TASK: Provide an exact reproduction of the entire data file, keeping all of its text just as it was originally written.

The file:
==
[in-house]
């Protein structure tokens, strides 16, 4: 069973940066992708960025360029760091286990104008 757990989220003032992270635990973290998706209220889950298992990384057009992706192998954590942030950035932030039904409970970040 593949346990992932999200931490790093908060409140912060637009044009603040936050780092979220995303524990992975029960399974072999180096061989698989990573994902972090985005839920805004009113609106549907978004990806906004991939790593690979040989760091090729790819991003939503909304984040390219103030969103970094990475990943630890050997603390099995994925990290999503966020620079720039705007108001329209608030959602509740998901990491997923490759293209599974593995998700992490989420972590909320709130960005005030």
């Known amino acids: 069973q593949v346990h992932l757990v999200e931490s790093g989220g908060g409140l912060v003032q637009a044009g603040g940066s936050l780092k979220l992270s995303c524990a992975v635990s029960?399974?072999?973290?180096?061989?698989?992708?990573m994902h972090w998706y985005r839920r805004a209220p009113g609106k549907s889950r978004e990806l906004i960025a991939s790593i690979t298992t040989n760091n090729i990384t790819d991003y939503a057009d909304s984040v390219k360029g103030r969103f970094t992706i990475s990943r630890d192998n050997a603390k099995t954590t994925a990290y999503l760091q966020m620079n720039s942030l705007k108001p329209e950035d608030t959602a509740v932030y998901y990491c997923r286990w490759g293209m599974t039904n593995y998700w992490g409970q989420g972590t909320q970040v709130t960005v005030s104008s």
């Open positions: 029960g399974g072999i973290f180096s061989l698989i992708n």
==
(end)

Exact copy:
[in-house]
């Protein structure tokens, strides 16, 4: 069973940066992708960025360029760091286990104008 757990989220003032992270635990973290998706209220889950298992990384057009992706192998954590942030950035932030039904409970970040 593949346990992932999200931490790093908060409140912060637009044009603040936050780092979220995303524990992975029960399974072999180096061989698989990573994902972090985005839920805004009113609106549907978004990806906004991939790593690979040989760091090729790819991003939503909304984040390219103030969103970094990475990943630890050997603390099995994925990290999503966020620079720039705007108001329209608030959602509740998901990491997923490759293209599974593995998700992490989420972590909320709130960005005030």
């Known amino acids: 069973q593949v346990h992932l757990v999200e931490s790093g989220g908060g409140l912060v003032q637009a044009g603040g940066s936050l780092k979220l992270s995303c524990a992975v635990s029960?399974?072999?973290?180096?061989?698989?992708?990573m994902h972090w998706y985005r839920r805004a209220p009113g609106k549907s889950r978004e990806l906004i960025a991939s790593i690979t298992t040989n760091n090729i990384t790819d991003y939503a057009d909304s984040v390219k360029g103030r969103f970094t992706i990475s990943r630890d192998n050997a603390k099995t954590t994925a990290y999503l760091q966020m620079n720039s942030l705007k108001p329209e950035d608030t959602a509740v932030y998901y990491c997923r286990w490759g293209m599974t039904n593995y998700w992490g409970q989420g972590t909320q970040v709130t960005v005030s104008s």
């Open positions: 029960g399974g072999i973290f180096s061989l698989i992708n």